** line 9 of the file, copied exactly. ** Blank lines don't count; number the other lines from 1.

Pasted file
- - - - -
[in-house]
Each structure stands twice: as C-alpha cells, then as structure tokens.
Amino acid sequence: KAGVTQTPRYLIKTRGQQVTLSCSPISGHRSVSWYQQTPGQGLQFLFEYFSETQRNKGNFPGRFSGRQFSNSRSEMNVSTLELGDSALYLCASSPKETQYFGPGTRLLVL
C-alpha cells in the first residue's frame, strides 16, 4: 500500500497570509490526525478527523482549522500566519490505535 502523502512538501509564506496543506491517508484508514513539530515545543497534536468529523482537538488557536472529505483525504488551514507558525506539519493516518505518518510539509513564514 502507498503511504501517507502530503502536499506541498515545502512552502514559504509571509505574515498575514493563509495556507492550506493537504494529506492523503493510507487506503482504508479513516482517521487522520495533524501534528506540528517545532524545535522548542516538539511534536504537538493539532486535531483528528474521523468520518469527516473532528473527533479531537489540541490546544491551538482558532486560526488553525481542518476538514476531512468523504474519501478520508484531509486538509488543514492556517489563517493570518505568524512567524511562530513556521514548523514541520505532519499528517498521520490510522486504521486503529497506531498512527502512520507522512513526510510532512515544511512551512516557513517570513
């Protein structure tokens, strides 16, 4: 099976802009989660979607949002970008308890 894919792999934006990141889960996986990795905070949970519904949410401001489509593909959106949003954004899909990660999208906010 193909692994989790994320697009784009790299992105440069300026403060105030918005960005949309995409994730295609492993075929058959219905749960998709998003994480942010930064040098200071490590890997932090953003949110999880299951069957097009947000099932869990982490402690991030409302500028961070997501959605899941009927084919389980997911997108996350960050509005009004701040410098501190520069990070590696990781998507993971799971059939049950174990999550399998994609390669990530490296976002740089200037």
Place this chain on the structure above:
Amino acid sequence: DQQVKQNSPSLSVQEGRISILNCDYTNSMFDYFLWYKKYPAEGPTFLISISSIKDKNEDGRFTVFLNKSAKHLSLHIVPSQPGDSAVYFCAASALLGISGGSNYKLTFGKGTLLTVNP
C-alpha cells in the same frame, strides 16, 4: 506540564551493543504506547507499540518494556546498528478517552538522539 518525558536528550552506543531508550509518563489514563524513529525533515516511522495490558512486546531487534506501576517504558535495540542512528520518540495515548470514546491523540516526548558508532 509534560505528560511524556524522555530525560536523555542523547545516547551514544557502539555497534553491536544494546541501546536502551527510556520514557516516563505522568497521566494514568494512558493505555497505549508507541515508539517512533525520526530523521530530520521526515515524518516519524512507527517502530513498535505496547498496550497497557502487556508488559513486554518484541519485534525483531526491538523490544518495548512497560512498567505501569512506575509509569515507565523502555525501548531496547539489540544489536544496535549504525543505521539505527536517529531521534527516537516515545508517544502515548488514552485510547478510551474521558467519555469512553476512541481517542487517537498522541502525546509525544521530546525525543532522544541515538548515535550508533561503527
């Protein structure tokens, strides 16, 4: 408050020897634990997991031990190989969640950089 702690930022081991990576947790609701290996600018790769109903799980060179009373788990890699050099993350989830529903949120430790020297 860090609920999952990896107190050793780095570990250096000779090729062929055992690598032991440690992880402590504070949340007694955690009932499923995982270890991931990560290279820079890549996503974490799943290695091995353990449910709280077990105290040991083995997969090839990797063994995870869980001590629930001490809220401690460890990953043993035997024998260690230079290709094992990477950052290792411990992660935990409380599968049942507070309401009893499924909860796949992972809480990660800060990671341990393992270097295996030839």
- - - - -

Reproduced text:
């Protein structure tokens, strides 16, 4: 408050020897634990997991031990190989969640950089 702690930022081991990576947790609701290996600018790769109903799980060179009373788990890699050099993350989830529903949120430790020297 860090609920999952990896107190050793780095570990250096000779090729062929055992690598032991440690992880402590504070949340007694955690009932499923995982270890991931990560290279820079890549996503974490799943290695091995353990449910709280077990105290040991083995997969090839990797063994995870869980001590629930001490809220401690460890990953043993035997024998260690230079290709094992990477950052290792411990992660935990409380599968049942507070309401009893499924909860796949992972809480990660800060990671341990393992270097295996030839």